As I shared in a previous post in this discernment series, we often think of discernment as finding an answer to our question of choosing option A, B, or C for our lives in a particular moment. But really, it’s about something of a much greater scope.
It’s about the wholistic work God is doing in our lives — our lives seen in their totality, from beginning to end — as he seeks to conform us more and more into the people we actually are and the image of God we were created to bear.
This means there is quite an element of mystery to embrace when we’re about discernment.
Think of it this way.
Even when we wait and look and listen and discern the invitation of God in our lives toward a particular decision, we don’t know what will happen once that decision has been made. We may discern that, yes, we are going to accept that job offer — but even if we ascertain that job offer to be the next stone on our pathway forward, we don’t fully comprehend why.
We only know that God is nudging us toward it. It aligns with the wholistic work he’s been about in our lives. It’s clearly the right choice for us at this point in our story.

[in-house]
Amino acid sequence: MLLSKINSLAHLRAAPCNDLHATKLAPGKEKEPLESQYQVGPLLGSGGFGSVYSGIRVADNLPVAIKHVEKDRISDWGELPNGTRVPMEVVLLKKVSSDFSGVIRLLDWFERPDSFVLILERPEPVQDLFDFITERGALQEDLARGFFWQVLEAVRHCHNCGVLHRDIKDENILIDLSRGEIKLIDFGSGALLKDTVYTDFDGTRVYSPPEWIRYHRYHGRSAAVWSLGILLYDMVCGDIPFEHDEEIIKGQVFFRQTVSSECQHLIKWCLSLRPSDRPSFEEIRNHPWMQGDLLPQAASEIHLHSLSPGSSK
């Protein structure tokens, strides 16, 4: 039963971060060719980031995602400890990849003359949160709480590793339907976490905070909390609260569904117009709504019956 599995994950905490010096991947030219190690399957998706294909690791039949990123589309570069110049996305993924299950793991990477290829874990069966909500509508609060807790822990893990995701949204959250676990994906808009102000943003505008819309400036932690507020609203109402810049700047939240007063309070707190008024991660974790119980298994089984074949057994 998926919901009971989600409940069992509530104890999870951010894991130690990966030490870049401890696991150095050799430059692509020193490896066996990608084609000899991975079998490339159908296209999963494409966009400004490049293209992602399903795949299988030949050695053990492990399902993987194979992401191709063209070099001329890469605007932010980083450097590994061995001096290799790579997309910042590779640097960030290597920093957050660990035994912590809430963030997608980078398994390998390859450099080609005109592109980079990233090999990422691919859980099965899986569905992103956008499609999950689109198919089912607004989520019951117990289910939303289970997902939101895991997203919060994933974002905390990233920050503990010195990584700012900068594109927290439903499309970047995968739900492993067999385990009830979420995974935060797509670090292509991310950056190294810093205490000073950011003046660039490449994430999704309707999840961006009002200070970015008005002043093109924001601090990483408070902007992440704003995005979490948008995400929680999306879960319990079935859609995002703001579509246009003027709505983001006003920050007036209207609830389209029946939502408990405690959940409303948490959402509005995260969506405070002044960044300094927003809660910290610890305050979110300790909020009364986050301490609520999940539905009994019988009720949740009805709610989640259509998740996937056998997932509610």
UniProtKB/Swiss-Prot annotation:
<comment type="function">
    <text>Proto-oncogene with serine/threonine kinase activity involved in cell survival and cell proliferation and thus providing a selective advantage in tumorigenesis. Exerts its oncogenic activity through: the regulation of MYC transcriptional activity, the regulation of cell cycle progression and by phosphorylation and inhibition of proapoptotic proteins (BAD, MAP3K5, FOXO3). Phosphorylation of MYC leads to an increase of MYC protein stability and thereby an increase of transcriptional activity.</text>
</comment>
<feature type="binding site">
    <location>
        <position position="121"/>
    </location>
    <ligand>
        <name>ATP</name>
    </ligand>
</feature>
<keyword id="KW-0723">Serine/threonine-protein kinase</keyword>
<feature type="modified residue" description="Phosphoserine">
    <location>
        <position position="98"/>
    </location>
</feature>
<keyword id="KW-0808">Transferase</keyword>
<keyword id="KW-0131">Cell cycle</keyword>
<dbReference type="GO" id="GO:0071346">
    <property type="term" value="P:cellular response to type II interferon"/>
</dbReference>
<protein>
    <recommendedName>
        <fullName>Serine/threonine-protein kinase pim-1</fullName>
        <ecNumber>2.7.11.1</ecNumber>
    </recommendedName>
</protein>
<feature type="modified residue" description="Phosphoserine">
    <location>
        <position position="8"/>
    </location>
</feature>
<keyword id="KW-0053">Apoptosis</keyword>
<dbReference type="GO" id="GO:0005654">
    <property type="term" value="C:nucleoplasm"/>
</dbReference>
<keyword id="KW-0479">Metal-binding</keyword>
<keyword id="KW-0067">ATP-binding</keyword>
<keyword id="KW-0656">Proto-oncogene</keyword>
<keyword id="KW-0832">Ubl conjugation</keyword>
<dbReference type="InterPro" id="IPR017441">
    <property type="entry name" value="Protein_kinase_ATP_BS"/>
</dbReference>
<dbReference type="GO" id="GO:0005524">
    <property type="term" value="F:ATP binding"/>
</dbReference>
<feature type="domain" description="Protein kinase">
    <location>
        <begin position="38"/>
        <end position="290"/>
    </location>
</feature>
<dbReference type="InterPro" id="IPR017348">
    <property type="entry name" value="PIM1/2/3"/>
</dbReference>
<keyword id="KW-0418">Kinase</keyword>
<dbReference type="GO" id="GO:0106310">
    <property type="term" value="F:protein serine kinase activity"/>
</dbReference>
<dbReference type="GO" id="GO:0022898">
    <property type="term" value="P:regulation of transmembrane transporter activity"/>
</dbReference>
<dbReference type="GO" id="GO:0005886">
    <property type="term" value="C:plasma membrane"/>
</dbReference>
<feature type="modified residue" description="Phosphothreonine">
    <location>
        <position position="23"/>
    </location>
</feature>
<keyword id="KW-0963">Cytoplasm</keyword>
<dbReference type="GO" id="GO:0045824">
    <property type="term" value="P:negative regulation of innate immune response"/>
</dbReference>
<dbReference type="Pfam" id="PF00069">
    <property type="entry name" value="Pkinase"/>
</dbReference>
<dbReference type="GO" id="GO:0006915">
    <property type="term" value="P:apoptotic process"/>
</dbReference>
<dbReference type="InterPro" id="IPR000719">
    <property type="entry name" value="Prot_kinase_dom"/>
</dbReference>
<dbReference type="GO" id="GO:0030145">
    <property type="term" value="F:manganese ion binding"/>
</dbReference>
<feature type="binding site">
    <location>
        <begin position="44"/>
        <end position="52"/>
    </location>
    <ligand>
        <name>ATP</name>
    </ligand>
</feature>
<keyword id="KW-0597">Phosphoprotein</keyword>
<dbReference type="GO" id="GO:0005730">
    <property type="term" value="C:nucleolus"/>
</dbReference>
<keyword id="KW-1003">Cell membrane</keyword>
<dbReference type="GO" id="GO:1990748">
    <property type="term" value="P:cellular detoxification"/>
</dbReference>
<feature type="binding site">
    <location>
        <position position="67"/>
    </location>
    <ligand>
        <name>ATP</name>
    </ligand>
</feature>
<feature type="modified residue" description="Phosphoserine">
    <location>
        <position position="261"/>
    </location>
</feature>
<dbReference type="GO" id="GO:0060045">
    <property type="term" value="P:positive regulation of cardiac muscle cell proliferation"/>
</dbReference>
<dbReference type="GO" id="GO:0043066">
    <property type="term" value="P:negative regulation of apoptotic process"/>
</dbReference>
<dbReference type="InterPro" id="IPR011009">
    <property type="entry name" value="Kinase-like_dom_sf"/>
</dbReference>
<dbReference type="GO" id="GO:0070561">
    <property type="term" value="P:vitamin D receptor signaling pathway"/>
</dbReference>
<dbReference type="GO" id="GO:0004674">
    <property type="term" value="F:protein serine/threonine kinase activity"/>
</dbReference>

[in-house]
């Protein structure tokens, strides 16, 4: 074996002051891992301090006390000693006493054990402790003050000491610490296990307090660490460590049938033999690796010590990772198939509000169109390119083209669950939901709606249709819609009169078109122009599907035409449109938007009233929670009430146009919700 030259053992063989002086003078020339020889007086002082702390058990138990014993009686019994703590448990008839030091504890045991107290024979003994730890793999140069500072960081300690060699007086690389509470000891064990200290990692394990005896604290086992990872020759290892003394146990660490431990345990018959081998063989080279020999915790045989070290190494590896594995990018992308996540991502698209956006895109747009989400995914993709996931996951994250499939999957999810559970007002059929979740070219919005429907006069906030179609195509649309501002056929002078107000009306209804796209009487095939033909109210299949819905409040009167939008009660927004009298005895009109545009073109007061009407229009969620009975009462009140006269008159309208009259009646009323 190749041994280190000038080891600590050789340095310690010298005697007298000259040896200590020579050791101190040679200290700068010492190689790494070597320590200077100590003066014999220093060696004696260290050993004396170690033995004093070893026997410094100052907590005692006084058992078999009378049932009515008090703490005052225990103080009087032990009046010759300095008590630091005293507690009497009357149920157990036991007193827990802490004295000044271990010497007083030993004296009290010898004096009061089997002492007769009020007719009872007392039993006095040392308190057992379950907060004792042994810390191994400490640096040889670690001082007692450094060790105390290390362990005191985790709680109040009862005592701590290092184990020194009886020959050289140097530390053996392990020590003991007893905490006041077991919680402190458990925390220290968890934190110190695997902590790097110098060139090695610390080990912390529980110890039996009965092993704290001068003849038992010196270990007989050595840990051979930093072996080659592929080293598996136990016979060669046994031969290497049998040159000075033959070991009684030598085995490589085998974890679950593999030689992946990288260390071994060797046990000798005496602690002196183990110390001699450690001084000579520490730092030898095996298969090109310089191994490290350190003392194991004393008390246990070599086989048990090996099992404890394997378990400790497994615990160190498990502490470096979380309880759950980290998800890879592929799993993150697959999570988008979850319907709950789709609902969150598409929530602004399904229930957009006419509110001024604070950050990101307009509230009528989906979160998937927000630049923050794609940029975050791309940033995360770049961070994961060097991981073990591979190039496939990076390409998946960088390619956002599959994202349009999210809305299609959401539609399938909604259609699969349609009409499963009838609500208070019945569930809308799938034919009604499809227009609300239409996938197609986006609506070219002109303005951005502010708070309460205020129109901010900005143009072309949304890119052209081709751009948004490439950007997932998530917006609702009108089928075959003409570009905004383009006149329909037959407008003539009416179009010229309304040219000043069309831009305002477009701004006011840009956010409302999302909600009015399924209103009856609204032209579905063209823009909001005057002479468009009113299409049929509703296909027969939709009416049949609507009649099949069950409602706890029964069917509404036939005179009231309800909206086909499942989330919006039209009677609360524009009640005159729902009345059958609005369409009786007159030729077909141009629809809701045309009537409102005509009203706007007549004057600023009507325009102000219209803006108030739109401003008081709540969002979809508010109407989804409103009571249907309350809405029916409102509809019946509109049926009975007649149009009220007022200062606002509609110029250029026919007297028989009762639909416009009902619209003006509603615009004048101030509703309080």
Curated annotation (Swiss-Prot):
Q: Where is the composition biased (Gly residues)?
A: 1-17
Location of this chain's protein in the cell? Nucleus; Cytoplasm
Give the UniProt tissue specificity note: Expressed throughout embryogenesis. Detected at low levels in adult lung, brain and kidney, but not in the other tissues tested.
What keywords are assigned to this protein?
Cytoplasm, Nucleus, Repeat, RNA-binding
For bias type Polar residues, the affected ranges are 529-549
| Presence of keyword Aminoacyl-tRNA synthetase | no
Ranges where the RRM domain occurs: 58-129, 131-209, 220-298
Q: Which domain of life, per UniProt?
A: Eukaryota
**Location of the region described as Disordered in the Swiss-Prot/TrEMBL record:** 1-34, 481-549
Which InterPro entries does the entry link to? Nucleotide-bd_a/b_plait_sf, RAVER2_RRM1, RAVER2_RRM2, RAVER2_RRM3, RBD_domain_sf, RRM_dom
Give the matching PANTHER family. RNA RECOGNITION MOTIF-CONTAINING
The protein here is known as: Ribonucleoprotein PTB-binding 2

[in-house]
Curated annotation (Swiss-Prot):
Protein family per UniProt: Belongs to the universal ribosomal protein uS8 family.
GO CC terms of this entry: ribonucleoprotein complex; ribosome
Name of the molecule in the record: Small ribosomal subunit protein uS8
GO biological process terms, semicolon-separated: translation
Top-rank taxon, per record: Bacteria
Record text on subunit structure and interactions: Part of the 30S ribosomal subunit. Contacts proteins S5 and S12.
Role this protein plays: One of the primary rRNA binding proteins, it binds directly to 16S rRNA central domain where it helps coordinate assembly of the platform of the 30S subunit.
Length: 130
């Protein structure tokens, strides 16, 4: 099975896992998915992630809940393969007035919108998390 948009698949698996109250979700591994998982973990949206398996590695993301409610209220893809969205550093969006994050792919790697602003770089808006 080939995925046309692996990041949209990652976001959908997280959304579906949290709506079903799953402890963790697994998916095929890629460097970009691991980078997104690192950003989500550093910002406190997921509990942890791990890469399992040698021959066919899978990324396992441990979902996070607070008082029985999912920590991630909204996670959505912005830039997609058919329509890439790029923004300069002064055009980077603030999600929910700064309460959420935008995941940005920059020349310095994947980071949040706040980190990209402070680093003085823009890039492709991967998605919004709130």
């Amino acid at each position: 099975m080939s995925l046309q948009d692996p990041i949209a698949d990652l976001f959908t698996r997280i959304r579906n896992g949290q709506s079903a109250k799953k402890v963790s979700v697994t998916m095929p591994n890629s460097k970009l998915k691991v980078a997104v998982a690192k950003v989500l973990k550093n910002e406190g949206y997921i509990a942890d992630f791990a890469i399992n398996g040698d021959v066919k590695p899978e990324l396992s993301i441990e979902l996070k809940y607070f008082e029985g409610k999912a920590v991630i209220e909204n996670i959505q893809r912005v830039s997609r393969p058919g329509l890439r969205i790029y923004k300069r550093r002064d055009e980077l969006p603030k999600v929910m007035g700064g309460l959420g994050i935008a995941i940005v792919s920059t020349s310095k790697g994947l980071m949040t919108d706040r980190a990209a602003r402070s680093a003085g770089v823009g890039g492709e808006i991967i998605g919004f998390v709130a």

But toward what end? Not simply for the job itself, but toward the end of it being used to further our formation.
The decision was not a destination but part of a larger process — a process we cannot fully perceive or apprehend and never will. It exists in the mind of God.
Our part is to discern and follow, and in that sense, to be part of a great mystery that’s beyond us.
This morning, I read a short string of words in Psalm 40 that reminded me of just this truth:
More and more people are seeing this:
they enter the mystery,
abandoning themselves to God.
— Psalm 40:3
Life with God teems with mystery. He is so much greater than we are, and he is intimately acquainted with our life and ways and story. He knows the work he is about in us, and we see that work but dimly, simply following the next stone on the path.
Will you accept the holy mystery of this life with God, the invitation to something greater than your eyes alone can see about your life?